USB flash and hard drive restores are built with the data you request and then shipped to an address of your choosing via FedEx Overnight or FedEx Priority International. USB flash restores cost $99 and can contain up to 128 GB (110,000 MB of data) and USB hard drive restores cost $189 and can contain up to 4TB max (3,500,000 MB of data). Both include the cost of shipping.
You can return the USB drive within 30 days for a full refund with our Restore Return Refund Program, effectively making the process of restoring free, even with a shipped USB drive.
Selecting Files for Restore
Using the left hand file viewer, navigate to the location of the files you wish to restore. You can use the disclosure triangles to see subfolders. Clicking on a folder name will display the folder’s files in the right hand file viewer. If you are attempting to restore files that have been deleted or are otherwise missing or files from a failed or disconnected secondary or external hard drive, you may need to change the time frame parameters.
Put checkmarks next to disks, files or folders you’d like to recover. Once you have selected the files and folders you wish to restore, select the “Continue with Restore” button above or below the file viewer. Backblaze will then build the restore via the option you select (ZIP or USB drive). You’ll receive an automated email notifying you when the ZIP restore has been built and is ready for download or when the USB restore drive ships.
If you are using the downloadable ZIP option, and the restore is over 2 GB, we highly recommend using the Backblaze Downloader for better speed and reliability. We have a guide on using the Backblaze Downloader for Mac OS X or for Windows.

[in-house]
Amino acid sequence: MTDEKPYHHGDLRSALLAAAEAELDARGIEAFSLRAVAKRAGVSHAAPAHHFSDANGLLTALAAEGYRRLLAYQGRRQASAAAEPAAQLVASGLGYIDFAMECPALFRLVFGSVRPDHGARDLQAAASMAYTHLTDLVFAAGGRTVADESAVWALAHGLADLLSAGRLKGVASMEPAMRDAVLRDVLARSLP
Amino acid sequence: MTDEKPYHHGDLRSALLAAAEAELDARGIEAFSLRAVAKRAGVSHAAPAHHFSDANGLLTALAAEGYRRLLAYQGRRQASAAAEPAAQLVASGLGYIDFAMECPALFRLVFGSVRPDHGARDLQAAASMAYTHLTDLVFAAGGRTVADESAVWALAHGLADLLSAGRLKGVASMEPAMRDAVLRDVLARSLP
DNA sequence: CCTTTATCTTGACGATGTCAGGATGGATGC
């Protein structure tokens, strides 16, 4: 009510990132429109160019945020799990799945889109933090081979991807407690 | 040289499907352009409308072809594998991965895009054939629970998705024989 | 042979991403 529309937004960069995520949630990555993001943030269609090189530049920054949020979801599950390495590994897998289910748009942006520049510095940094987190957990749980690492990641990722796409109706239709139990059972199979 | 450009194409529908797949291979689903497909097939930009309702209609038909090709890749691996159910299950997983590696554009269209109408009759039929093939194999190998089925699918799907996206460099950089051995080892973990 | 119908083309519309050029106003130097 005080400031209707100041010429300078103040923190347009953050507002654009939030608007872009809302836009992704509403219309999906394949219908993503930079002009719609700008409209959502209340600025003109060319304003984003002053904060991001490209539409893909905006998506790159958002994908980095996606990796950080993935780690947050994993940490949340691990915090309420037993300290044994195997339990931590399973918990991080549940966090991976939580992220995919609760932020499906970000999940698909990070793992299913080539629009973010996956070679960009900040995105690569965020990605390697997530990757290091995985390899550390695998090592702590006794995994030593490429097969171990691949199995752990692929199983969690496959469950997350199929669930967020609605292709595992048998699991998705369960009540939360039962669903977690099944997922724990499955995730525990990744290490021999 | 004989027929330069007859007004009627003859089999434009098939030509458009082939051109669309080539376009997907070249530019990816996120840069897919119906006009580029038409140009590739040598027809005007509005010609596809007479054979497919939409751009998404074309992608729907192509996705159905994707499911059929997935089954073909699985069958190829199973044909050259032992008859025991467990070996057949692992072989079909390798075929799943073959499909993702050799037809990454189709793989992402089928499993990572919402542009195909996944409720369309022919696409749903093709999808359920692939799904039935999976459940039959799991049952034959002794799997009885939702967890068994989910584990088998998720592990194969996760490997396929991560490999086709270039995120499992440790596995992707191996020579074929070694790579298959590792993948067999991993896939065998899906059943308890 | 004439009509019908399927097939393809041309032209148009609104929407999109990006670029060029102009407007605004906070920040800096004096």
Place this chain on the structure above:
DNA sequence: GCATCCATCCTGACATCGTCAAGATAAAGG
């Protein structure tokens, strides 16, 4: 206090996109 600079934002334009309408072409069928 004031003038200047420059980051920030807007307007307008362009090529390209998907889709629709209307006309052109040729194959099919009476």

For additional assistance, visit our help files at https://help.backblaze.com/hc/en-us/articles/217665888-How-to-Create-a-Restore-from-Your-Backblaze-Backup
Extracting the ZIP
Recent versions of both macOS and Windows have built-in capability to extract files from a ZIP archive. If the built-in capabilities aren’t working for you, you can find additional utilities for Macintosh and Windows.
Install Programs and Applications
At this point you can install the programs and applications you need to get back to work. You’ll need to install them from the internet or from source disks you have. If you’ve thought ahead, you’ve got your account usernames, passwords, and authorization codes in a password manager (such as LastPass or 1Password) or other safe place that you can access to get your programs working again.
Reactivating your Backblaze Account
Now that you’ve got a working computer again, you’re going to need to reinstall Backblaze Backup (if it’s not on the system already) and connect with your existing account. Start by downloading and reinstalling Backblaze.
If you’ve restored the files from your Backblaze Backup to your new computer or drive, you don’t want to have to reupload the same files again to your Backblaze backup. To let Backblaze know that this computer is on the same account and has the same files, you need to use “Inherit Backup State.” See https://help.backblaze.com/hc/en-us/articles/217666358-Inherit-Backup-State
You should be all set, either with the files you needed for your presentation, or with a restored computer that is again ready to do productive work.
We hope your presentation wowed ’em.
If you have any additional questions on restoring from a Backblaze backup, please ask away in the comments. Also, be sure to check out our help resources at https://www.backblaze.com/help.html.